And that achievement gap, it's been around for a long time. This is really not new news. But the point is, we've got to get everybody going on this, to look at this, and get our group -- we want to lend our voice, as AAUW, to the cry for education, to start addressing this achievement gap.
RAY SUAREZ: Tom Mortenson, does the data lead you to a different conclusion?
I'm sorry, we have some problems with Mr. Mortenson's audio, but we'll fix that and come back to him in just a second.
Now, the people who are talking about a crisis for boys point to data that I think is not in dispute, that they're graduating from college and high school at lower rates than girls, that they are more likely to be left back, more likely to be expelled, that their GPAs are lower in high school and college.
Does this not point to some problem?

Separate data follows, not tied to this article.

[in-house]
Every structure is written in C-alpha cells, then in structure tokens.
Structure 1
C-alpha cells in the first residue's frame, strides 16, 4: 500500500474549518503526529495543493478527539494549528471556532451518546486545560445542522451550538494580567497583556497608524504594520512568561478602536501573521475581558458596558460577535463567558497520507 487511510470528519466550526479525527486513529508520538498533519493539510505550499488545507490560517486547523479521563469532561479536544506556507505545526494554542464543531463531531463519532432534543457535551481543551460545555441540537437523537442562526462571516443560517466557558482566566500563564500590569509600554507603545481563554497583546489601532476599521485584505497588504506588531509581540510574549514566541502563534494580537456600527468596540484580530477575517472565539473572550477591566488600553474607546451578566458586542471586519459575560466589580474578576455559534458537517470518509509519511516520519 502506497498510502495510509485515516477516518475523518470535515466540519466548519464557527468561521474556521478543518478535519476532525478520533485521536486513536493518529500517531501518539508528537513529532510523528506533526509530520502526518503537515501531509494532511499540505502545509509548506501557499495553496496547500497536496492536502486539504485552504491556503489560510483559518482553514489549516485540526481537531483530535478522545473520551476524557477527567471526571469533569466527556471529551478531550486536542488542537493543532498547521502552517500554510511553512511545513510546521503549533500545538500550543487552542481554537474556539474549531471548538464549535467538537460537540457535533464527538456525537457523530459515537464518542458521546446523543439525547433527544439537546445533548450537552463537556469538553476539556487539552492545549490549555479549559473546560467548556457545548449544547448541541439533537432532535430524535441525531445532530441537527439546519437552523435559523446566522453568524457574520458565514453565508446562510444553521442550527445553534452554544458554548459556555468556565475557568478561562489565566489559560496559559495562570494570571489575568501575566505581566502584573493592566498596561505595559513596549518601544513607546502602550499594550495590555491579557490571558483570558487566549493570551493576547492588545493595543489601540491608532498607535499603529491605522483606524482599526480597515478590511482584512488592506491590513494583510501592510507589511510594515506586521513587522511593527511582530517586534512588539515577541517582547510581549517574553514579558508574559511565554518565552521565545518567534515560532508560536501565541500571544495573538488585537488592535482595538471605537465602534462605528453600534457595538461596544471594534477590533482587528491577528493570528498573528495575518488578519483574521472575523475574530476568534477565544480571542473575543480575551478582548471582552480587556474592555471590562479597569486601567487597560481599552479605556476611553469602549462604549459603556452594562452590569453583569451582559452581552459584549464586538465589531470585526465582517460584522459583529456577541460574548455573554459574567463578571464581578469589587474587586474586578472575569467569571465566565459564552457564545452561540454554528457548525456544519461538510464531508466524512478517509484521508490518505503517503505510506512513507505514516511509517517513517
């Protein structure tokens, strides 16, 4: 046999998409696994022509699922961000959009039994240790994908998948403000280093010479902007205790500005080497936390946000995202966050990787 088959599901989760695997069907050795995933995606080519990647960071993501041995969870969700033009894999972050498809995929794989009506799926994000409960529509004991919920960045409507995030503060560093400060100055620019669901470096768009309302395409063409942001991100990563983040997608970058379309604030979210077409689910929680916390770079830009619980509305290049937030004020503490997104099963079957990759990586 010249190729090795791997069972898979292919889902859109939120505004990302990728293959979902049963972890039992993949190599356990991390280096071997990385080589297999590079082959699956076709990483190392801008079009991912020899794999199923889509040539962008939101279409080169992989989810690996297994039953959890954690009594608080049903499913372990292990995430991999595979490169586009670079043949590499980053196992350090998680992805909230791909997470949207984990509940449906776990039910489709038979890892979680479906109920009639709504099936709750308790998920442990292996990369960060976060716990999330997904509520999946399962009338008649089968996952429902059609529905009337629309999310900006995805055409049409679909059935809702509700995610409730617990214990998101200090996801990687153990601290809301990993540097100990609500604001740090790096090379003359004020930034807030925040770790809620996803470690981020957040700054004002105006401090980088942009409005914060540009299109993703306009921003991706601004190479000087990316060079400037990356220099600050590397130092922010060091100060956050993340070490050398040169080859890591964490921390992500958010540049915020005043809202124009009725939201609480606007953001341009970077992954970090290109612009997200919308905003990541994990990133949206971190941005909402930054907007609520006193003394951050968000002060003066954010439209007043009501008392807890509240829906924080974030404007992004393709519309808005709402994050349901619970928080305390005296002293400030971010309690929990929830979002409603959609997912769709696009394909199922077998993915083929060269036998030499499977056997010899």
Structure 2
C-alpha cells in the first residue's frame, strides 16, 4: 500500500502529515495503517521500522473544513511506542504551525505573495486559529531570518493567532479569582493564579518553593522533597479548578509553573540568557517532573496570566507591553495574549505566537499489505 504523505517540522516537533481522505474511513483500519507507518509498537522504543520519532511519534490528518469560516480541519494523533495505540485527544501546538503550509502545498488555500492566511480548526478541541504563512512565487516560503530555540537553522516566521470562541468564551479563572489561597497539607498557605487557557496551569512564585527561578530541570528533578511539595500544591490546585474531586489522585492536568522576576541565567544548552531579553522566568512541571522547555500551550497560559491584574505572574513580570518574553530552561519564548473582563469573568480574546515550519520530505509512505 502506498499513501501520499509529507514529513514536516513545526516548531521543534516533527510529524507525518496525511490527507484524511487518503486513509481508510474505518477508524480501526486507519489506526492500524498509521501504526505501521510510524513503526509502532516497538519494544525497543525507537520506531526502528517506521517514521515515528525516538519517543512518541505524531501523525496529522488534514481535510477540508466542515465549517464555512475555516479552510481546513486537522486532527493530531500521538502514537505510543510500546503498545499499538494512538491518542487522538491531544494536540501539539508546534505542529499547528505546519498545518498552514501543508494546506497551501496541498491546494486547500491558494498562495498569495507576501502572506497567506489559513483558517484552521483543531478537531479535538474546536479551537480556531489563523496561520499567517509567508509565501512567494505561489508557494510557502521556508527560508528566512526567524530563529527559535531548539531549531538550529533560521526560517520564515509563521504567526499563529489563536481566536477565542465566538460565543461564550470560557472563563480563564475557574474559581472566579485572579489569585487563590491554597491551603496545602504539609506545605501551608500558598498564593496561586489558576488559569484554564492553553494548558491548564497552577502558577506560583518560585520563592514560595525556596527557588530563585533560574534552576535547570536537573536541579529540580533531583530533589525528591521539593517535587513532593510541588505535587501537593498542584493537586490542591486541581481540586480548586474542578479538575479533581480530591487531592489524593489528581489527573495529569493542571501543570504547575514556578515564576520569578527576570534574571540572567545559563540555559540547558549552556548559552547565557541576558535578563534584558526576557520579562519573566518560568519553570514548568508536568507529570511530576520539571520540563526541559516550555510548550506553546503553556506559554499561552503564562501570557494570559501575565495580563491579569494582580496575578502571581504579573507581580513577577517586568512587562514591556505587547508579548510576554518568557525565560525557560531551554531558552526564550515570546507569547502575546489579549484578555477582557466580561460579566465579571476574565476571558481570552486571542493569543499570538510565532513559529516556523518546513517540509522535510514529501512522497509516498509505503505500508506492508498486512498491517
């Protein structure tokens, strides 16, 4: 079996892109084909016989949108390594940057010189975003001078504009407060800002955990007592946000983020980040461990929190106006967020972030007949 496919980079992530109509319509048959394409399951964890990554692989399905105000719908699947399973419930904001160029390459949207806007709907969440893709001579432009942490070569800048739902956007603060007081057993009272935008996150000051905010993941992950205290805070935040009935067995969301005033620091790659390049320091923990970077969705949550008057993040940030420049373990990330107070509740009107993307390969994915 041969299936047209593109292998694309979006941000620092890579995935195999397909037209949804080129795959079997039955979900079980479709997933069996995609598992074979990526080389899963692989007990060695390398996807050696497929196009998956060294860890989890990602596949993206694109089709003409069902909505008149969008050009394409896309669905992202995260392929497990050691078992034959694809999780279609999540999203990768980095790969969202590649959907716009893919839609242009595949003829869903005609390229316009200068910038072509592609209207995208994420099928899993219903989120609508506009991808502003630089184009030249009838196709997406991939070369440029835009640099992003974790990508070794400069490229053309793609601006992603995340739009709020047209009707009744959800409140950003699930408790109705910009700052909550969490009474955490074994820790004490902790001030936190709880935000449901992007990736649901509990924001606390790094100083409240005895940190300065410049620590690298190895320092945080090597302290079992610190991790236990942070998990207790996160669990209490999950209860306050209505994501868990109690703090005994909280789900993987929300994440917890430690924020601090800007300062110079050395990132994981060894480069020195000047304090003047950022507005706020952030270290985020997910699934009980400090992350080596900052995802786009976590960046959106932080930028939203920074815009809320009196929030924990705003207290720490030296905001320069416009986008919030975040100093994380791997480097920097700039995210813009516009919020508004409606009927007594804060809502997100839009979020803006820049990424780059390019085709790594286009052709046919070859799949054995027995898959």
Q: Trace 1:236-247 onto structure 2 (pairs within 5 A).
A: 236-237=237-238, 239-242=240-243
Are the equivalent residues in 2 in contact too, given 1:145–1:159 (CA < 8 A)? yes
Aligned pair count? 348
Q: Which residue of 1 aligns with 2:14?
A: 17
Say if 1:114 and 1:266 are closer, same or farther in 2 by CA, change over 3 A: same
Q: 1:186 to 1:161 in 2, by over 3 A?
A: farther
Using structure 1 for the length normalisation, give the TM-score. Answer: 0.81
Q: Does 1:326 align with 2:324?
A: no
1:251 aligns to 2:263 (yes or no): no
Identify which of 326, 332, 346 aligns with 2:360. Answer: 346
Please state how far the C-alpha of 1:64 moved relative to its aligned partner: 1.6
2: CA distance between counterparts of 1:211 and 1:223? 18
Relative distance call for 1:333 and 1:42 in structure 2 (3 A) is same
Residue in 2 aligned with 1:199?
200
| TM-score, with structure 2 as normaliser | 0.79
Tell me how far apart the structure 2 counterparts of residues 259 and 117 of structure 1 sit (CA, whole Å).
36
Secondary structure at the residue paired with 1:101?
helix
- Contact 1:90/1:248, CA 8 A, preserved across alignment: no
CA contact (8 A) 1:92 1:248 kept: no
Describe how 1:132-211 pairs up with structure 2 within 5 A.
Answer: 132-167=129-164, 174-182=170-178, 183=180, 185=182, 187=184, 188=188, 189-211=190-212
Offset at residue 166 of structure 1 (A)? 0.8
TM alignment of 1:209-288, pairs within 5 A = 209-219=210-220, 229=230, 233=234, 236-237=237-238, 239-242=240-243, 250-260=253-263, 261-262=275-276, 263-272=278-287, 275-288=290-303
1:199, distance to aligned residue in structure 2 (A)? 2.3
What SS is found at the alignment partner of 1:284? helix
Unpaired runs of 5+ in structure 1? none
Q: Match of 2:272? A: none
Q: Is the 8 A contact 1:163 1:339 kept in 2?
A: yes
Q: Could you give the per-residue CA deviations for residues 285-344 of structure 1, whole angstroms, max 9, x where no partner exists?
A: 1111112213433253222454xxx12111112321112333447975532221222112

LINDA HALLMAN: Boys are not -- the whole way that the education things are looking at with the boys, boys are not in crisis. They are not as a distinct group; you can't lump them all together.
There are some boys that are in crisis and there are some girls that are in crisis, and they're the ones that we have to target. Our education resources are precious, and we have got to find ways to start targeting and really strategically looking at how to lift the groups that need to be lifted.
So it's not boys all together and it's not girls all together. It's certain segments both of boys and girls.
Boys made smaller gains
RAY SUAREZ: I'm sorry, Mr. Mortenson, we have fixed the problem. And now let me ask again: Do your data, when you look at the data, are you led to a different conclusion from Linda Hallman?
TOM MORTENSON, Pell Institute for Study of Opportunity in Higher Education: Well, I certainly agree that girls have made extraordinary progress over the last almost 40 years now in education.
But if you look at the gains through the baccalaureate degree level, there has been a substantial increase in the number of bachelor's degrees awarded. Girls have earned about 85 percent of that increase in the number of bachelor's degrees; boys have only earned about 15 percent of that increase.